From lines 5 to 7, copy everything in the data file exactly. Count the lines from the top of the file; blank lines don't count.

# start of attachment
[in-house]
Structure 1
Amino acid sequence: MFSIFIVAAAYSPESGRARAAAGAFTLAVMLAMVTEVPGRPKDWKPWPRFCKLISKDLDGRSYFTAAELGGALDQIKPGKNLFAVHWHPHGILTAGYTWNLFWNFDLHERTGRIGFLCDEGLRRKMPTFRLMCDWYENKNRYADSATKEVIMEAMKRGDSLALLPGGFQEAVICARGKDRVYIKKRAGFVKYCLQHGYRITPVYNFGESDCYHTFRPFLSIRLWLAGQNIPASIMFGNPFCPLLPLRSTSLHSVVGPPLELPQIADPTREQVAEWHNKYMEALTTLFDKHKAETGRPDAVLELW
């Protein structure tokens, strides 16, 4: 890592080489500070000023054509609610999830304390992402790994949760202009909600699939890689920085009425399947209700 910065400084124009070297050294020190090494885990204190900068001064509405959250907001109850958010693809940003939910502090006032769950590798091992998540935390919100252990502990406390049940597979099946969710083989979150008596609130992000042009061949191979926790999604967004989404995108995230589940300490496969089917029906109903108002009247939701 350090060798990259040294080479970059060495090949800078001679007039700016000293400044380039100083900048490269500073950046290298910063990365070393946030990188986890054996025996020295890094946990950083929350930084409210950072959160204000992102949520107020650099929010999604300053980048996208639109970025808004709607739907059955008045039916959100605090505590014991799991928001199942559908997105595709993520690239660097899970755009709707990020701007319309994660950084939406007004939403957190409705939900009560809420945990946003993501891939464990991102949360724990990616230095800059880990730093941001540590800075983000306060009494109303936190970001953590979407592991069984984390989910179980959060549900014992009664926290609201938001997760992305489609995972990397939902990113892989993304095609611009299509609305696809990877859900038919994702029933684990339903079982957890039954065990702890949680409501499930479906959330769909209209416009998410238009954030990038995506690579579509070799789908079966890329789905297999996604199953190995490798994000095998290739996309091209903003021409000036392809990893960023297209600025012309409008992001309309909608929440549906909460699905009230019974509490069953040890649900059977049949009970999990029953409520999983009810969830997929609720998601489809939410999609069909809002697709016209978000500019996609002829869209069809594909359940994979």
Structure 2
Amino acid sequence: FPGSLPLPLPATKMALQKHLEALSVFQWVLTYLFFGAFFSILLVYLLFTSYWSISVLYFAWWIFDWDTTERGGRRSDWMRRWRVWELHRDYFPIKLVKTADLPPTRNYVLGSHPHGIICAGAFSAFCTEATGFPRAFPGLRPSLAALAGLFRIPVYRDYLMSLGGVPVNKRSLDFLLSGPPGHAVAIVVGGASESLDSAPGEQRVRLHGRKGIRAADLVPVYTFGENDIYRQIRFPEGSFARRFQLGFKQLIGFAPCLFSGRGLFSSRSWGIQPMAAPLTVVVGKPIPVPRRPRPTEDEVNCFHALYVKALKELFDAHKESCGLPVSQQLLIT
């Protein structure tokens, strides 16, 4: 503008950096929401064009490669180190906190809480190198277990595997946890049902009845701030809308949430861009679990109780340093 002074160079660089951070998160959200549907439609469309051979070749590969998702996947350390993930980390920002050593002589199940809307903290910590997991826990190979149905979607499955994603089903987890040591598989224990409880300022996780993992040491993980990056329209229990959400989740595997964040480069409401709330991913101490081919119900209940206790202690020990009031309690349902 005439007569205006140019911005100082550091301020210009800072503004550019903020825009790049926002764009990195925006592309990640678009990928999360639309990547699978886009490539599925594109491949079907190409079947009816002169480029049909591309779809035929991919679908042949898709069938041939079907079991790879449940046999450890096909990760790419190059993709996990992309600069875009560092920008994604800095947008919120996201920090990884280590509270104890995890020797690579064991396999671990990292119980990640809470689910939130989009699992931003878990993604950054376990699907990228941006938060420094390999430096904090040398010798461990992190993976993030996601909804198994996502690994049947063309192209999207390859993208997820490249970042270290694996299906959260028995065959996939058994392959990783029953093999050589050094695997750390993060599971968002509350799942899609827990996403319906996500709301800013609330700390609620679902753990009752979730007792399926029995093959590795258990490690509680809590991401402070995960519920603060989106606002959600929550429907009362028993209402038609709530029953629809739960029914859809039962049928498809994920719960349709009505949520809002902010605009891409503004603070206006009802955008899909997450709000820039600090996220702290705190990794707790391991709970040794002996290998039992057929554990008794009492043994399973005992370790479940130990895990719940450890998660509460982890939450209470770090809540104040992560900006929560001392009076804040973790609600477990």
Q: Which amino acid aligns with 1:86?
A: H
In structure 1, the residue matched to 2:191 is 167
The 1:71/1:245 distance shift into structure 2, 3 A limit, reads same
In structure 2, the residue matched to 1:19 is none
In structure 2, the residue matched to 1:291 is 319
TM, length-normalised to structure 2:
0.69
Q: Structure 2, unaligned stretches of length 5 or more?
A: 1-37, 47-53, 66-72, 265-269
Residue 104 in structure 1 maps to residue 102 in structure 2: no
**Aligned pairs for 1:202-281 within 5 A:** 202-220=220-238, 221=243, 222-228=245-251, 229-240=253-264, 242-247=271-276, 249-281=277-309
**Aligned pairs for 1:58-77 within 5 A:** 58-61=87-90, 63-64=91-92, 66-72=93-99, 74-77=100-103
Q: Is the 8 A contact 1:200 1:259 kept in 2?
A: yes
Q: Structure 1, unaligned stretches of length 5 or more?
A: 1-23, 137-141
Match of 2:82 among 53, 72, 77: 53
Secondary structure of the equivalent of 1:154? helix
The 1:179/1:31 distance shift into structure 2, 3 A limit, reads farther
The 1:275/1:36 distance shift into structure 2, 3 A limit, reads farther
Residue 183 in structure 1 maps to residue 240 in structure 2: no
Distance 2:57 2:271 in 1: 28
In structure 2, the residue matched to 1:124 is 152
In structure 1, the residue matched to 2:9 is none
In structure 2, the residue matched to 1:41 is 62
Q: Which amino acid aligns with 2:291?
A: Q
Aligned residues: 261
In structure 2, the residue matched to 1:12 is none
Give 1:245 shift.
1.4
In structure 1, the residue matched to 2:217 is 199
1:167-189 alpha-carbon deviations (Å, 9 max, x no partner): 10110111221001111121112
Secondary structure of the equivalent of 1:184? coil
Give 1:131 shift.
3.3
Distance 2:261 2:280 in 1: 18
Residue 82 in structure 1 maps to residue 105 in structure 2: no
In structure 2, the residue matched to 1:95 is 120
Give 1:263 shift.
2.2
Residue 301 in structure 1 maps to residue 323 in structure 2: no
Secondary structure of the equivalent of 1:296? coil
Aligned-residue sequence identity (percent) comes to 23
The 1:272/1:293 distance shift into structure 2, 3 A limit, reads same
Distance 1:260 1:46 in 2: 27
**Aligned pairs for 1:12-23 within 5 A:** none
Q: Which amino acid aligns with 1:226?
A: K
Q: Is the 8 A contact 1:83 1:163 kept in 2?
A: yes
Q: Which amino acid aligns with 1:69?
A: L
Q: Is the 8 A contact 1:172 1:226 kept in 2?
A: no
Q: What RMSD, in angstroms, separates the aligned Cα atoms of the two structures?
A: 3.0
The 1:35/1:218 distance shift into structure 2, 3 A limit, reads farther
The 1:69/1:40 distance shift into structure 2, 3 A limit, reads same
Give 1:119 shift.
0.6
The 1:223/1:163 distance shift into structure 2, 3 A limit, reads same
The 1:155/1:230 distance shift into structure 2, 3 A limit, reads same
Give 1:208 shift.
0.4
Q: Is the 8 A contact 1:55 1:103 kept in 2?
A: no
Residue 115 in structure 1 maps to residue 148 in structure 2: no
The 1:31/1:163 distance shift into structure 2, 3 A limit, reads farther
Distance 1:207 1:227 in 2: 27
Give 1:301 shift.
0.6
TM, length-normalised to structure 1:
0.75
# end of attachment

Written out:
Structure 2
Amino acid sequence: FPGSLPLPLPATKMALQKHLEALSVFQWVLTYLFFGAFFSILLVYLLFTSYWSISVLYFAWWIFDWDTTERGGRRSDWMRRWRVWELHRDYFPIKLVKTADLPPTRNYVLGSHPHGIICAGAFSAFCTEATGFPRAFPGLRPSLAALAGLFRIPVYRDYLMSLGGVPVNKRSLDFLLSGPPGHAVAIVVGGASESLDSAPGEQRVRLHGRKGIRAADLVPVYTFGENDIYRQIRFPEGSFARRFQLGFKQLIGFAPCLFSGRGLFSSRSWGIQPMAAPLTVVVGKPIPVPRRPRPTEDEVNCFHALYVKALKELFDAHKESCGLPVSQQLLIT
């Protein structure tokens, strides 16, 4: 503008950096929401064009490669180190906190809480190198277990595997946890049902009845701030809308949430861009679990109780340093 002074160079660089951070998160959200549907439609469309051979070749590969998702996947350390993930980390920002050593002589199940809307903290910590997991826990190979149905979607499955994603089903987890040591598989224990409880300022996780993992040491993980990056329209229990959400989740595997964040480069409401709330991913101490081919119900209940206790202690020990009031309690349902 005439007569205006140019911005100082550091301020210009800072503004550019903020825009790049926002764009990195925006592309990640678009990928999360639309990547699978886009490539599925594109491949079907190409079947009816002169480029049909591309779809035929991919679908042949898709069938041939079907079991790879449940046999450890096909990760790419190059993709996990992309600069875009560092920008994604800095947008919120996201920090990884280590509270104890995890020797690579064991396999671990990292119980990640809470689910939130989009699992931003878990993604950054376990699907990228941006938060420094390999430096904090040398010798461990992190993976993030996601909804198994996502690994049947063309192209999207390859993208997820490249970042270290694996299906959260028995065959996939058994392959990783029953093999050589050094695997750390993060599971968002509350799942899609827990996403319906996500709301800013609330700390609620679902753990009752979730007792399926029995093959590795258990490690509680809590991401402070995960519920603060989106606002959600929550429907009362028993209402038609709530029953629809739960029914859809039962049928498809994920719960349709009505949520809002902010605009891409503004603070206006009802955008899909997450709000820039600090996220702290705190990794707790391991709970040794002996290998039992057929554990008794009492043994399973005992370790479940130990895990719940450890998660509460982890939450209470770090809540104040992560900006929560001392009076804040973790609600477990």